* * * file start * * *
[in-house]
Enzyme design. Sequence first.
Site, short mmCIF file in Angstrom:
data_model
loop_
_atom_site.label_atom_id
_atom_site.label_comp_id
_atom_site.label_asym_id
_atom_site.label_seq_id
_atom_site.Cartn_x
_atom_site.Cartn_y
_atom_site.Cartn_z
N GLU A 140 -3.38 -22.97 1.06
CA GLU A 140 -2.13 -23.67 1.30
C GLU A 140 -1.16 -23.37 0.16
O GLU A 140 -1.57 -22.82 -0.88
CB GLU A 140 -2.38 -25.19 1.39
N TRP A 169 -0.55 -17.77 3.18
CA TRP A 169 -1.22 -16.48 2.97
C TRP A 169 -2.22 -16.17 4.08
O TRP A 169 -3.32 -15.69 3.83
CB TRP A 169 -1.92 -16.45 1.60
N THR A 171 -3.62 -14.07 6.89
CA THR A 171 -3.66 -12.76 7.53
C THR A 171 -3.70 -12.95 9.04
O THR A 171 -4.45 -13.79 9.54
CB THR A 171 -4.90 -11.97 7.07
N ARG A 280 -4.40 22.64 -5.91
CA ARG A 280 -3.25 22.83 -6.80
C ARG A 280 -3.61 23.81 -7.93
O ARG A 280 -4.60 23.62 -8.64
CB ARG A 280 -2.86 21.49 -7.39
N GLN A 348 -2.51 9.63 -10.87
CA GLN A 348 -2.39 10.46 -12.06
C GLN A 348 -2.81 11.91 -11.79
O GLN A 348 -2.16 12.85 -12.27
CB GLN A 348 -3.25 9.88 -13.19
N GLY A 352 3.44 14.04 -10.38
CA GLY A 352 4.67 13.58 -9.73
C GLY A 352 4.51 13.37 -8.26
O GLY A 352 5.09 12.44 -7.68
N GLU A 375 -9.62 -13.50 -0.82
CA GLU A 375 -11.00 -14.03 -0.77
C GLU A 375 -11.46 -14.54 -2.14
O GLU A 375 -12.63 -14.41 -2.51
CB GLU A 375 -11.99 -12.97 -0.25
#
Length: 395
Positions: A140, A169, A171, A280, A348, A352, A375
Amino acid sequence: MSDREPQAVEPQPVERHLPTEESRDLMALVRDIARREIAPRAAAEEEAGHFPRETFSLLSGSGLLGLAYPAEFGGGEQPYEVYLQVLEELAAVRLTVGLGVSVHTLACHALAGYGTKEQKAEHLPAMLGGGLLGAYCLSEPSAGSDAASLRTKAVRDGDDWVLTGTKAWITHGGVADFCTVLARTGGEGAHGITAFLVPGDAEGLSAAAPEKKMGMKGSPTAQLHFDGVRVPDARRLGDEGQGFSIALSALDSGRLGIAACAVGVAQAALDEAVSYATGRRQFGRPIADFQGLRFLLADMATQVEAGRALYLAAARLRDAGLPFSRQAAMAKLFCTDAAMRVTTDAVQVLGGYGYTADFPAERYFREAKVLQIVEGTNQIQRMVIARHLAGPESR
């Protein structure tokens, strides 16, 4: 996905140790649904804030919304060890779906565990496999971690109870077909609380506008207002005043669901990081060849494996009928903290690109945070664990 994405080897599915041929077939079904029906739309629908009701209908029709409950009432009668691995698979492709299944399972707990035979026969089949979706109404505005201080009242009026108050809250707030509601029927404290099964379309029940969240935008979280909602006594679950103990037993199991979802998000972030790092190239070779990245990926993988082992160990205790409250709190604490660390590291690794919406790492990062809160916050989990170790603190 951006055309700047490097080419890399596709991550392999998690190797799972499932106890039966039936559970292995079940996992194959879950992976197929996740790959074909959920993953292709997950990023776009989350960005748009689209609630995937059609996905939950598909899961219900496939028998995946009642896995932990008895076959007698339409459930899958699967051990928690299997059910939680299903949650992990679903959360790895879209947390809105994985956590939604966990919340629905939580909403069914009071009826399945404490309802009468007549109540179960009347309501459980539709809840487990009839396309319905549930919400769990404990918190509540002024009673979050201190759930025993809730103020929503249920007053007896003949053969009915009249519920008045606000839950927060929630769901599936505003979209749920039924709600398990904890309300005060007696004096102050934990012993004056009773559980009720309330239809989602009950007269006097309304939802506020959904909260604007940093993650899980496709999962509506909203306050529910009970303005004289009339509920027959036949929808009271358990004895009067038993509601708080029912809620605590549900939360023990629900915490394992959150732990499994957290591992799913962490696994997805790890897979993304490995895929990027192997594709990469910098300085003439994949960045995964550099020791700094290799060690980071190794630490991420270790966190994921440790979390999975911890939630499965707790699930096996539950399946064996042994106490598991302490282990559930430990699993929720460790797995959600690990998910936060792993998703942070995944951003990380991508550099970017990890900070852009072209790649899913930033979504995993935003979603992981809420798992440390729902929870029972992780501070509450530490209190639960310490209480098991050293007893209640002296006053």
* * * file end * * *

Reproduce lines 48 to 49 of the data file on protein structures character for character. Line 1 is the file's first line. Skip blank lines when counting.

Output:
Length: 395
Positions: A140, A169, A171, A280, A348, A352, A375